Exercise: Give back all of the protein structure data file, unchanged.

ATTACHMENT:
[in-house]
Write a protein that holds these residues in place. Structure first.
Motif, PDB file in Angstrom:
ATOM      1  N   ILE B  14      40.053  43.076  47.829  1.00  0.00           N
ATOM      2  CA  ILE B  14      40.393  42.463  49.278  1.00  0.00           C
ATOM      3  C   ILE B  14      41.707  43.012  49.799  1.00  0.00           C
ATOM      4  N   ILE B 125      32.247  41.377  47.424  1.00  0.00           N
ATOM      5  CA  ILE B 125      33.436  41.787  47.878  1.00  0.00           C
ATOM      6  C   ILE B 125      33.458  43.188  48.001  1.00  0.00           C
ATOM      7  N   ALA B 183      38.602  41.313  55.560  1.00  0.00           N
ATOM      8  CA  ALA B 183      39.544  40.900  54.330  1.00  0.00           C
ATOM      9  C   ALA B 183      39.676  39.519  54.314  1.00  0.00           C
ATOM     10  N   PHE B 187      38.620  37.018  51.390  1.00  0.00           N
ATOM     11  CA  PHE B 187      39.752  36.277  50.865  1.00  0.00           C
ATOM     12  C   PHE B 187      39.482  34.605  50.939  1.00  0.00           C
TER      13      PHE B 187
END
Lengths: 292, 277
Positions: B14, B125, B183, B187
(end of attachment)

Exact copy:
[in-house]
Write a protein that holds these residues in place. Structure first.
Motif, PDB file in Angstrom:
ATOM      1  N   ILE B  14      40.053  43.076  47.829  1.00  0.00           N
ATOM      2  CA  ILE B  14      40.393  42.463  49.278  1.00  0.00           C
ATOM      3  C   ILE B  14      41.707  43.012  49.799  1.00  0.00           C
ATOM      4  N   ILE B 125      32.247  41.377  47.424  1.00  0.00           N
ATOM      5  CA  ILE B 125      33.436  41.787  47.878  1.00  0.00           C
ATOM      6  C   ILE B 125      33.458  43.188  48.001  1.00  0.00           C
ATOM      7  N   ALA B 183      38.602  41.313  55.560  1.00  0.00           N
ATOM      8  CA  ALA B 183      39.544  40.900  54.330  1.00  0.00           C
ATOM      9  C   ALA B 183      39.676  39.519  54.314  1.00  0.00           C
ATOM     10  N   PHE B 187      38.620  37.018  51.390  1.00  0.00           N
ATOM     11  CA  PHE B 187      39.752  36.277  50.865  1.00  0.00           C
ATOM     12  C   PHE B 187      39.482  34.605  50.939  1.00  0.00           C
TER      13      PHE B 187
END
Lengths: 292, 277
Positions: B14, B125, B183, B187